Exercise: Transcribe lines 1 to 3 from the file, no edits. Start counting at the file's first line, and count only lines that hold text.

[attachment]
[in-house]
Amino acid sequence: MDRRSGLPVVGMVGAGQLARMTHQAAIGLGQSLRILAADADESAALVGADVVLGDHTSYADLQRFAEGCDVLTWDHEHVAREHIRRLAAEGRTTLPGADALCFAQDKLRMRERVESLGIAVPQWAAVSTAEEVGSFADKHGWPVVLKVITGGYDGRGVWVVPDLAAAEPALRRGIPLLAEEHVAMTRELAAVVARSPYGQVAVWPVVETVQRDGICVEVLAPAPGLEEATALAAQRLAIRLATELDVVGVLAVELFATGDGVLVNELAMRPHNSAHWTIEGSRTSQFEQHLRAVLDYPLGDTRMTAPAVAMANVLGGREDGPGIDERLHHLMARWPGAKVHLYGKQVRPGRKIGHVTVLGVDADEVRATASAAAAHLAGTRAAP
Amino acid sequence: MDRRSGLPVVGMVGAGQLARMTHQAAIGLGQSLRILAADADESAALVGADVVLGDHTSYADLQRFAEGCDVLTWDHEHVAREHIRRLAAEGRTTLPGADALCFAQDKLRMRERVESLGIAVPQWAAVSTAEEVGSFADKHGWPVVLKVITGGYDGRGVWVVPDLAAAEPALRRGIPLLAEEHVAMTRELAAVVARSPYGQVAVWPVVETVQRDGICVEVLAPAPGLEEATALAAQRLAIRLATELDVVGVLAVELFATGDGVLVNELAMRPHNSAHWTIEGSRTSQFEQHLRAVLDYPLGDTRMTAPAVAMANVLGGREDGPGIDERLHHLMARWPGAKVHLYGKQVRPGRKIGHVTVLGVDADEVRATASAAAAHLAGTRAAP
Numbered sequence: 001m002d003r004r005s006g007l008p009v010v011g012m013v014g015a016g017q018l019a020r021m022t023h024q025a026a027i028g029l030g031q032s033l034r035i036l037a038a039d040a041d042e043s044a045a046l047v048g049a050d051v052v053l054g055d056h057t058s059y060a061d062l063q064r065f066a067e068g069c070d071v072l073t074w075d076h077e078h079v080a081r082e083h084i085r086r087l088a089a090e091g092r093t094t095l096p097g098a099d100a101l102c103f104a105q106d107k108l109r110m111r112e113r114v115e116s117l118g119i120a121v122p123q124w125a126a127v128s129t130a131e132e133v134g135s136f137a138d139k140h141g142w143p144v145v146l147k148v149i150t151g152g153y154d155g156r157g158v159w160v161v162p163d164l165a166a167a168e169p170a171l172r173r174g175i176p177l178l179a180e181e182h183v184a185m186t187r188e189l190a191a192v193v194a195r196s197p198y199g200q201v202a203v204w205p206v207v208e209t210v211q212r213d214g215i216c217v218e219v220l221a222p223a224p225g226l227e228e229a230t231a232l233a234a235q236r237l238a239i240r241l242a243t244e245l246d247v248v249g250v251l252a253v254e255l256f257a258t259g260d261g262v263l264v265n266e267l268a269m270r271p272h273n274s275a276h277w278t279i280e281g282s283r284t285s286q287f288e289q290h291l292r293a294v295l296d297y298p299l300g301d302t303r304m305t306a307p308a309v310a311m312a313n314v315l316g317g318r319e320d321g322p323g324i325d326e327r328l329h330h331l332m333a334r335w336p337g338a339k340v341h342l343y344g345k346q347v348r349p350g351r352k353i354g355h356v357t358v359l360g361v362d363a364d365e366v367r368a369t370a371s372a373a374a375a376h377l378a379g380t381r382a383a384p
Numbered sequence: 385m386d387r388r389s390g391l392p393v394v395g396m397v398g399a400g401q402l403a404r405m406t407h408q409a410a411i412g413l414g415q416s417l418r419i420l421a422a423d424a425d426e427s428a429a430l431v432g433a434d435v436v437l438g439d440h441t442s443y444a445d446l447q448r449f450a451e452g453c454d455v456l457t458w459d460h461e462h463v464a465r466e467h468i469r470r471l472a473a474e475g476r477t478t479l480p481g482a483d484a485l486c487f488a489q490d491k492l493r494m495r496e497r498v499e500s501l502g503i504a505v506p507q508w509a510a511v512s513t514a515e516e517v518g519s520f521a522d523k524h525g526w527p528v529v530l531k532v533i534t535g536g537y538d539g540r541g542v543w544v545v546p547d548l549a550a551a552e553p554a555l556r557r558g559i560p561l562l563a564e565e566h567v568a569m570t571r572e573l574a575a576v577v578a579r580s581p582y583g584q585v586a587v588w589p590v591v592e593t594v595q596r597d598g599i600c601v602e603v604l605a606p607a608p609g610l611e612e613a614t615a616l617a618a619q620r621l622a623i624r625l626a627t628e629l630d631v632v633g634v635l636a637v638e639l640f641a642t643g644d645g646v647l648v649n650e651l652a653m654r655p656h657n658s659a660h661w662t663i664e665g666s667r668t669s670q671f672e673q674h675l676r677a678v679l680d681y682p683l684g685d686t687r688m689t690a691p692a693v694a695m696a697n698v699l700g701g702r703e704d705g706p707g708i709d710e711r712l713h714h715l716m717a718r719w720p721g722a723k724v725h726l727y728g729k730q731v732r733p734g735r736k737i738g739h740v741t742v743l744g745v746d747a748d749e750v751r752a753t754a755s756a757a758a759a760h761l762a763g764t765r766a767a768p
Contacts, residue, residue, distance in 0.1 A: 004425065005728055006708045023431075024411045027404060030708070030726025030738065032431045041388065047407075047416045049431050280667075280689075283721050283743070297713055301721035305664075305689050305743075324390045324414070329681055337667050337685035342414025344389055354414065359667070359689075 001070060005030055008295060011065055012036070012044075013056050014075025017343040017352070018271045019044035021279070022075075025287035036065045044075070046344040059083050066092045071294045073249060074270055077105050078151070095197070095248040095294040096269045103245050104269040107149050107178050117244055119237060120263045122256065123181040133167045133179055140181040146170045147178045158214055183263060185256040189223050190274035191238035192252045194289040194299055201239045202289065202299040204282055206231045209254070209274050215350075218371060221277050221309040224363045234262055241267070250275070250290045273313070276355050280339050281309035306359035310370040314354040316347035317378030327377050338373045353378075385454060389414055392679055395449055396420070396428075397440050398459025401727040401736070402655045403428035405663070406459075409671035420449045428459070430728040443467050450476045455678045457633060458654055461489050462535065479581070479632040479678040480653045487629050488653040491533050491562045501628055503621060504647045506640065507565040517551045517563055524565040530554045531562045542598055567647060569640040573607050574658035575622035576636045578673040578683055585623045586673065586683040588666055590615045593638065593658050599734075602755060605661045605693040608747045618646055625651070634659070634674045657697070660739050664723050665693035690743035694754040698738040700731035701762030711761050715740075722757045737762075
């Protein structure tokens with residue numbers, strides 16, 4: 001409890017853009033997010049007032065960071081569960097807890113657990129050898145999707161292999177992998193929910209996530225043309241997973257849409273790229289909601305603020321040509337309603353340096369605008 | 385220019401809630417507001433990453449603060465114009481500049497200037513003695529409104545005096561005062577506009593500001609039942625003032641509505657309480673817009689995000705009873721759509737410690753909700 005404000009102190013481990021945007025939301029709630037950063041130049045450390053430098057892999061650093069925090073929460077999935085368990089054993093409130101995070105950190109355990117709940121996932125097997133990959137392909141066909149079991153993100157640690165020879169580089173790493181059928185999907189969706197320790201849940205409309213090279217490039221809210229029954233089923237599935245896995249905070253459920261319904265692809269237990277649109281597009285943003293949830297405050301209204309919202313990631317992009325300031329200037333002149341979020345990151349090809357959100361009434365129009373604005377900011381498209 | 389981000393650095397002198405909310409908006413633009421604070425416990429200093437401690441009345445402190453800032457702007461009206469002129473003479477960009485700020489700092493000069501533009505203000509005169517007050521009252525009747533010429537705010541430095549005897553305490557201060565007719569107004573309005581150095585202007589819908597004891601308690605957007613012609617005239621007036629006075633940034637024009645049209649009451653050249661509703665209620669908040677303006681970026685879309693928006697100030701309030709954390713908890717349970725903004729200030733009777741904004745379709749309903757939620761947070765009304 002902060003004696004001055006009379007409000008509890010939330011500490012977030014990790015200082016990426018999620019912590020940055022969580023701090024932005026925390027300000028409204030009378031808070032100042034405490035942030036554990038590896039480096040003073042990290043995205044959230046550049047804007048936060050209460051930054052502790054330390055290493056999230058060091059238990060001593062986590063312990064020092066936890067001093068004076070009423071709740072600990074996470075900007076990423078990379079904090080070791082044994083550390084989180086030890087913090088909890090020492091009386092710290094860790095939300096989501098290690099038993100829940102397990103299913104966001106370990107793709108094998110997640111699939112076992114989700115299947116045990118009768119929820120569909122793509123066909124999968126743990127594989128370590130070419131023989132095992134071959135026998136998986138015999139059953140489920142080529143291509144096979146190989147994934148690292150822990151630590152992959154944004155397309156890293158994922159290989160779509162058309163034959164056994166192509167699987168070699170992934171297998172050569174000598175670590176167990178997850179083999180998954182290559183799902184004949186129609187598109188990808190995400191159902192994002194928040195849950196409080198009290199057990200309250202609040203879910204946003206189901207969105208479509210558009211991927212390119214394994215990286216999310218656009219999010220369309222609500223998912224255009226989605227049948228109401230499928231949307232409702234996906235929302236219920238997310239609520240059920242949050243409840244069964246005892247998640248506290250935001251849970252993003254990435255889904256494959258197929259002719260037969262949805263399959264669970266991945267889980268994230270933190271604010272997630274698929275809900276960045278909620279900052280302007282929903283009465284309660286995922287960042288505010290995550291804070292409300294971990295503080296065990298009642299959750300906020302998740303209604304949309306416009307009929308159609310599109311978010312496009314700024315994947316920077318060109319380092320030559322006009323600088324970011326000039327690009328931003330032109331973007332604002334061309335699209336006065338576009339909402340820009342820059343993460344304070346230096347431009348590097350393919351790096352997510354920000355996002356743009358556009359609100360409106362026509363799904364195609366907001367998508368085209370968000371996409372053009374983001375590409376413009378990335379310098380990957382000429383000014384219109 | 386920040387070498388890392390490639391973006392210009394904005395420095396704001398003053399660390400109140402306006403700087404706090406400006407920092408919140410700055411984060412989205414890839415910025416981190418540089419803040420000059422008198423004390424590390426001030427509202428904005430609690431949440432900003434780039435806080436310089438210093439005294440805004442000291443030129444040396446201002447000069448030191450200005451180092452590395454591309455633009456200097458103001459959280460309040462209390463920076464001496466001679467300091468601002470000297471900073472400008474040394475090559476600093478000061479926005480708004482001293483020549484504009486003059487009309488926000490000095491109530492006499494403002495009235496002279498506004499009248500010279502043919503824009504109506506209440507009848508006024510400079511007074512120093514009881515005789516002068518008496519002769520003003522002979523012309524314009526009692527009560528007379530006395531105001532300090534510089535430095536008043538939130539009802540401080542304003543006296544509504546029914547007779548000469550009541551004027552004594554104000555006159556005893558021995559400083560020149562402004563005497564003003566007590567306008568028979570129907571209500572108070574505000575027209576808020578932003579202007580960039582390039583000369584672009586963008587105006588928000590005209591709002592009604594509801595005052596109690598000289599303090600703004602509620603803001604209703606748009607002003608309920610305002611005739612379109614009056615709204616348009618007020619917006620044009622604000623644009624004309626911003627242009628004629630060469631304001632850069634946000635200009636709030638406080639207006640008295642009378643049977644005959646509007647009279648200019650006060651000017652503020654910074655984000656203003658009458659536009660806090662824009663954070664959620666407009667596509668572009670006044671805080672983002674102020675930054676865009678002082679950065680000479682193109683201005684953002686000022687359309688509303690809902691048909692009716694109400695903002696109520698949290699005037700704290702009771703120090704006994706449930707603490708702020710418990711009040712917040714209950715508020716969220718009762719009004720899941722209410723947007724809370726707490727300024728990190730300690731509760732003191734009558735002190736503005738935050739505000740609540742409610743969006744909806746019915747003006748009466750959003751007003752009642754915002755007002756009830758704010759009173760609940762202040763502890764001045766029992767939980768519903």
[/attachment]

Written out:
[in-house]
Amino acid sequence: MDRRSGLPVVGMVGAGQLARMTHQAAIGLGQSLRILAADADESAALVGADVVLGDHTSYADLQRFAEGCDVLTWDHEHVAREHIRRLAAEGRTTLPGADALCFAQDKLRMRERVESLGIAVPQWAAVSTAEEVGSFADKHGWPVVLKVITGGYDGRGVWVVPDLAAAEPALRRGIPLLAEEHVAMTRELAAVVARSPYGQVAVWPVVETVQRDGICVEVLAPAPGLEEATALAAQRLAIRLATELDVVGVLAVELFATGDGVLVNELAMRPHNSAHWTIEGSRTSQFEQHLRAVLDYPLGDTRMTAPAVAMANVLGGREDGPGIDERLHHLMARWPGAKVHLYGKQVRPGRKIGHVTVLGVDADEVRATASAAAAHLAGTRAAP
Amino acid sequence: MDRRSGLPVVGMVGAGQLARMTHQAAIGLGQSLRILAADADESAALVGADVVLGDHTSYADLQRFAEGCDVLTWDHEHVAREHIRRLAAEGRTTLPGADALCFAQDKLRMRERVESLGIAVPQWAAVSTAEEVGSFADKHGWPVVLKVITGGYDGRGVWVVPDLAAAEPALRRGIPLLAEEHVAMTRELAAVVARSPYGQVAVWPVVETVQRDGICVEVLAPAPGLEEATALAAQRLAIRLATELDVVGVLAVELFATGDGVLVNELAMRPHNSAHWTIEGSRTSQFEQHLRAVLDYPLGDTRMTAPAVAMANVLGGREDGPGIDERLHHLMARWPGAKVHLYGKQVRPGRKIGHVTVLGVDADEVRATASAAAAHLAGTRAAP